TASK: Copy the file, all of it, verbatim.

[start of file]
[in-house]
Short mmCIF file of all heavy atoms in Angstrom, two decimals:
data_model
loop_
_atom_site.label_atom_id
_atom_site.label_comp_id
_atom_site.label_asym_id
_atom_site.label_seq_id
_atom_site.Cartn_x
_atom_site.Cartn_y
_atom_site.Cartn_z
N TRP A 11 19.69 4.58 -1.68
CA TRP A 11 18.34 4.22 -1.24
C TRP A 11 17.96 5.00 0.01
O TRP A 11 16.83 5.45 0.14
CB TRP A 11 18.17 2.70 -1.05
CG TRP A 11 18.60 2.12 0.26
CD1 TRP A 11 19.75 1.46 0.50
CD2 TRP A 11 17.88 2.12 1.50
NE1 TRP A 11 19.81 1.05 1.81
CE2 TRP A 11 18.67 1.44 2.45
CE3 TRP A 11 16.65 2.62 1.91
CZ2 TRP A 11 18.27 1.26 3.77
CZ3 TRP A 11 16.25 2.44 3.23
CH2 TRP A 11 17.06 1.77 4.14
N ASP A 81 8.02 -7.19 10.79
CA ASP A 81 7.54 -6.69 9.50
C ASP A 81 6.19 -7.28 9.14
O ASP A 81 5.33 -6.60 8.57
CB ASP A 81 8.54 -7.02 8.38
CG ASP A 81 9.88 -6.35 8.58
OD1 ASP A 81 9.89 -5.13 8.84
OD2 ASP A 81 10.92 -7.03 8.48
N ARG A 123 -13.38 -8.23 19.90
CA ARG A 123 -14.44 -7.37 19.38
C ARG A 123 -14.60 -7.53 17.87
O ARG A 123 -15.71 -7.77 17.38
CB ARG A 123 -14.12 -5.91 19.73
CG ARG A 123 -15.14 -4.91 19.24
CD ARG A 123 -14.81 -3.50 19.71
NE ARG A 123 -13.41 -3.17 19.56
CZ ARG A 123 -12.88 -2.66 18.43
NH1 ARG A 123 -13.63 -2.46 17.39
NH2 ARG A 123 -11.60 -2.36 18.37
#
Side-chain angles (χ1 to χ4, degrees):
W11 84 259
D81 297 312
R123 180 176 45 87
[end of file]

[in-house]
Short mmCIF file of all heavy atoms in Angstrom, two decimals:
data_model
loop_
_atom_site.label_atom_id
_atom_site.label_comp_id
_atom_site.label_asym_id
_atom_site.label_seq_id
_atom_site.Cartn_x
_atom_site.Cartn_y
_atom_site.Cartn_z
N TRP A 11 19.69 4.58 -1.68
CA TRP A 11 18.34 4.22 -1.24
C TRP A 11 17.96 5.00 0.01
O TRP A 11 16.83 5.45 0.14
CB TRP A 11 18.17 2.70 -1.05
CG TRP A 11 18.60 2.12 0.26
CD1 TRP A 11 19.75 1.46 0.50
CD2 TRP A 11 17.88 2.12 1.50
NE1 TRP A 11 19.81 1.05 1.81
CE2 TRP A 11 18.67 1.44 2.45
CE3 TRP A 11 16.65 2.62 1.91
CZ2 TRP A 11 18.27 1.26 3.77
CZ3 TRP A 11 16.25 2.44 3.23
CH2 TRP A 11 17.06 1.77 4.14
N ASP A 81 8.02 -7.19 10.79
CA ASP A 81 7.54 -6.69 9.50
C ASP A 81 6.19 -7.28 9.14
O ASP A 81 5.33 -6.60 8.57
CB ASP A 81 8.54 -7.02 8.38
CG ASP A 81 9.88 -6.35 8.58
OD1 ASP A 81 9.89 -5.13 8.84
OD2 ASP A 81 10.92 -7.03 8.48
N ARG A 123 -13.38 -8.23 19.90
CA ARG A 123 -14.44 -7.37 19.38
C ARG A 123 -14.60 -7.53 17.87
O ARG A 123 -15.71 -7.77 17.38
CB ARG A 123 -14.12 -5.91 19.73
CG ARG A 123 -15.14 -4.91 19.24
CD ARG A 123 -14.81 -3.50 19.71
NE ARG A 123 -13.41 -3.17 19.56
CZ ARG A 123 -12.88 -2.66 18.43
NH1 ARG A 123 -13.63 -2.46 17.39
NH2 ARG A 123 -11.60 -2.36 18.37
#
Side-chain angles (χ1 to χ4, degrees):
W11 84 259
D81 297 312
R123 180 176 45 87